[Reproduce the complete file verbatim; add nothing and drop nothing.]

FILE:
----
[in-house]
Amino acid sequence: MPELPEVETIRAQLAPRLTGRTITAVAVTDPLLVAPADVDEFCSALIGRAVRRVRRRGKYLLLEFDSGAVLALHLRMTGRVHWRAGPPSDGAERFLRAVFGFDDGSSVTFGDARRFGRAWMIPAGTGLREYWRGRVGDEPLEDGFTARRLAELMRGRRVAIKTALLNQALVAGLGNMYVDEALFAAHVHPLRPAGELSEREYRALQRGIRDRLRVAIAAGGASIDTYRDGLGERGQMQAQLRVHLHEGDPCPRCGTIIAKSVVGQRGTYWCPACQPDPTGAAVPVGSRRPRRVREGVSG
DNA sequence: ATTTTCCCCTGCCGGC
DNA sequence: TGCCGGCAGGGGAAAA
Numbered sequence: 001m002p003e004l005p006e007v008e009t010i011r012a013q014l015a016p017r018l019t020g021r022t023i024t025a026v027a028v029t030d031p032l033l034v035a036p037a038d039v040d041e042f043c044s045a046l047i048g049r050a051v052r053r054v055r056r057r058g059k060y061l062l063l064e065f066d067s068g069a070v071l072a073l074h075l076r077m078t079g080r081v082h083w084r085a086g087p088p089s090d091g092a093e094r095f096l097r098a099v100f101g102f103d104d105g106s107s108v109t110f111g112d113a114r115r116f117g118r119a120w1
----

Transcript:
[in-house]
Amino acid sequence: MPELPEVETIRAQLAPRLTGRTITAVAVTDPLLVAPADVDEFCSALIGRAVRRVRRRGKYLLLEFDSGAVLALHLRMTGRVHWRAGPPSDGAERFLRAVFGFDDGSSVTFGDARRFGRAWMIPAGTGLREYWRGRVGDEPLEDGFTARRLAELMRGRRVAIKTALLNQALVAGLGNMYVDEALFAAHVHPLRPAGELSEREYRALQRGIRDRLRVAIAAGGASIDTYRDGLGERGQMQAQLRVHLHEGDPCPRCGTIIAKSVVGQRGTYWCPACQPDPTGAAVPVGSRRPRRVREGVSG
DNA sequence: ATTTTCCCCTGCCGGC
DNA sequence: TGCCGGCAGGGGAAAA
Numbered sequence: 001m002p003e004l005p006e007v008e009t010i011r012a013q014l015a016p017r018l019t020g021r022t023i024t025a026v027a028v029t030d031p032l033l034v035a036p037a038d039v040d041e042f043c044s045a046l047i048g049r050a051v052r053r054v055r056r057r058g059k060y061l062l063l064e065f066d067s068g069a070v071l072a073l074h075l076r077m078t079g080r081v082h083w084r085a086g087p088p089s090d091g092a093e094r095f096l097r098a099v100f101g102f103d104d105g106s107s108v109t110f111g112d113a114r115r116f117g118r119a120w1